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"Like I was saying Honest John ..." Threads Of Conversation Continuity In My Chatbot

If you have been following my chatbot articles, you will know that I have been on a mission to develop an artificially intelligent chatbot that will replace a car salesman. This idea came to me after friends of mine had a bad experience at a new car shop. Building a simple chatbot was quite easy. I fired up my SDK (Software Development Kit) and had one running within a couple of days.

I used the AIML (Artificial Intelligence MarkUp Language) as a starting point, and after I got it working, I realized that the thing (I call it a he, and his name is Honest John) needed more smarts. But on top of that, Honest John needed to detect emotions in the human on the other side of the silicon. The reason for this, is that I wanted a successful conclusion (a sale) from the interactions with the customer. If the customer was getting frustrated or irate, Honest John needed to know. He would tone down his stance and be less hard-nosed when bargaining. The ultimate aim, is not to get the last nickel on the table for the car dealer, but to satisfy both the buyer and the seller and to come to a successful commercial conclusion.

In my last article I talked about my emotion detector framework. It is a learning framework where the customer would help Honest John by clicking on an emoji every once in awhile when asked if Honest John couldn't get a read. From there, the emotion detector framework remembers the AIML predicate (the key word or word pattern that identifies the intent and meaning of the input) and couples it to the emoji, the words in the input, the counter offer in negotiating, the delta or difference in the bid and ask of Honest John and the customer, the number of words in the replies and feeds it into a neural network to continuously learn from its experiences. It then updates its strategy processes based on a decision tree. As a negotiator, Honest John will ultimately know when he needs the kid gloves or when he needs to play hardball to sell the car to the satisfaction of the buyer AND the dealer.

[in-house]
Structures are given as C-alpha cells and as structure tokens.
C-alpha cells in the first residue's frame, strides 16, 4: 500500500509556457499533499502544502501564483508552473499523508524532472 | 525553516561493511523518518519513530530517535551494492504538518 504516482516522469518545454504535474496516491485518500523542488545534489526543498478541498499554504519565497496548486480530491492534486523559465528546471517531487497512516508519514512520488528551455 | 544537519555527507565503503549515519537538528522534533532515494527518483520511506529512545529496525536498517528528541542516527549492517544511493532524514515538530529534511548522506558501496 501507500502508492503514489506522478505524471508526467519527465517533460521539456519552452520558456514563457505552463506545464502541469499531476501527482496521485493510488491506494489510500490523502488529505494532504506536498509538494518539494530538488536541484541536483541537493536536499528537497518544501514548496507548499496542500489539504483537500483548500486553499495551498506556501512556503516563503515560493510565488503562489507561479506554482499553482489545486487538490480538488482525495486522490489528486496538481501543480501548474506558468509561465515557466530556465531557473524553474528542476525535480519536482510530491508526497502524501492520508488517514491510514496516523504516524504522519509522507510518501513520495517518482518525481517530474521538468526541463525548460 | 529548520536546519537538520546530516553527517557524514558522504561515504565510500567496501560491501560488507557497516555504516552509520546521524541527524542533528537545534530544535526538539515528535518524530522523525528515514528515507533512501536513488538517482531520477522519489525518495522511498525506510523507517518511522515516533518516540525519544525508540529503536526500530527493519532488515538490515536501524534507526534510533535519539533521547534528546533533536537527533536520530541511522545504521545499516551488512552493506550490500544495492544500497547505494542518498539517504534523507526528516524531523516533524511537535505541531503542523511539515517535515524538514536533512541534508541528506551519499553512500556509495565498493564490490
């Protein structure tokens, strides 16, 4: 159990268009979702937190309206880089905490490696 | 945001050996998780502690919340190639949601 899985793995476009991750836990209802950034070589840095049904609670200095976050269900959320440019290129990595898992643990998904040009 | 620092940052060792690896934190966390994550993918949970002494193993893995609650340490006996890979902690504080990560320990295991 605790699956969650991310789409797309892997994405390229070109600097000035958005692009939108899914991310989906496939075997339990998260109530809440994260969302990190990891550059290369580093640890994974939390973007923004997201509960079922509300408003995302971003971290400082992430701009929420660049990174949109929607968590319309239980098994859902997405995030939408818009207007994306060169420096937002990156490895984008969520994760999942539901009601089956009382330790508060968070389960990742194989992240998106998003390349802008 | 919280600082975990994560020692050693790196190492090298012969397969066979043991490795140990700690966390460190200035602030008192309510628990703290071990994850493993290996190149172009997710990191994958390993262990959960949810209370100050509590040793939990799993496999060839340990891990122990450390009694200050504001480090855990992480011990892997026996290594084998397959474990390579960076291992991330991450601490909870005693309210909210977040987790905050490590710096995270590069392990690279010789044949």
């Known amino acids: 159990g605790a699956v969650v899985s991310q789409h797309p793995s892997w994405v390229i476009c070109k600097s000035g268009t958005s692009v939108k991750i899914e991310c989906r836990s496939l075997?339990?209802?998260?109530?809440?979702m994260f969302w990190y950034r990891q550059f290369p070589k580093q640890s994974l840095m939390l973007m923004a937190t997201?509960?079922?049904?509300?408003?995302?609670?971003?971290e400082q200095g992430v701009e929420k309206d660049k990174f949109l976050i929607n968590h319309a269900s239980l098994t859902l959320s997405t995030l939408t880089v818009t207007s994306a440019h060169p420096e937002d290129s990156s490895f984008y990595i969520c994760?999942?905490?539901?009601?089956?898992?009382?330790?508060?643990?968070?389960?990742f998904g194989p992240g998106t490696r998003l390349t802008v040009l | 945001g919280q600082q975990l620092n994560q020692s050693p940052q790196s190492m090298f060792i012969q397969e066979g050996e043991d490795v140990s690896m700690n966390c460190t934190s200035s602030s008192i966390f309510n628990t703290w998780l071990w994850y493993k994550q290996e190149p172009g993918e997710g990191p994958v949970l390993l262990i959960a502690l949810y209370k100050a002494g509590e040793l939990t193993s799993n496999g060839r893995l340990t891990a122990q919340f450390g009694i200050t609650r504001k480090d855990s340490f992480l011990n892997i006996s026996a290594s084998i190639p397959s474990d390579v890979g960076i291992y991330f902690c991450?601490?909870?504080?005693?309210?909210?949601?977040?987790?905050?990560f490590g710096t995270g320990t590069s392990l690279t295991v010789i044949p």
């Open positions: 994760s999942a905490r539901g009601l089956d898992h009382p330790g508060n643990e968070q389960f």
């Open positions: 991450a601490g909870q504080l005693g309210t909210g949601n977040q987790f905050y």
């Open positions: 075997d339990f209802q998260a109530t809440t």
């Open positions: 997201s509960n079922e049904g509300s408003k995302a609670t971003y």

But as I was coding this, I realized that there was one thing missing -- the conversation continuity thread for Honest John. The buyer on the other side of the screen can see the dialog history and it is in the buyers memory, but not in Honest John`s memory. The dialog history is stored in the database, but it is no help to the bot to have to do a fetch after every interaction. The fix was easy. One needs a Conversation Continuity Object in memory.

When you build and enterprise web-based platform, say in Java, you have session objects that are stored in memory. A typical session object is a user bean that holds everything that is needed about the user, so that you don`t have to keep making trips to the database every time you want to personalize a message. The net result of this session object, is that Honest John will now have total recall of the conversation in memory.

The Conversation Continuity Object will not only record the transcript, but it will also have the metadata and analytics and it will create and update the process maps for both successful and unsuccessful sales. The real advantage is that Honest John will have some cognition about the whole process instead of just reacting to the latest input, like most chatbots do.

The strategic and intelligent factor, is that Honest John will be able to reset. He can go back to an earlier point and start over without having to re-do or re-learn the whole conversation. That will be the trait that could make Honest John a real winner in the marketplace, to sell not only cars, but pretty much anything that need negotiating.

The next key to making a super smart negotiating chatbot, is developing strategies for Honest John and having them available, extensible and modifiable. More on that and the psychology behind it in a later article.

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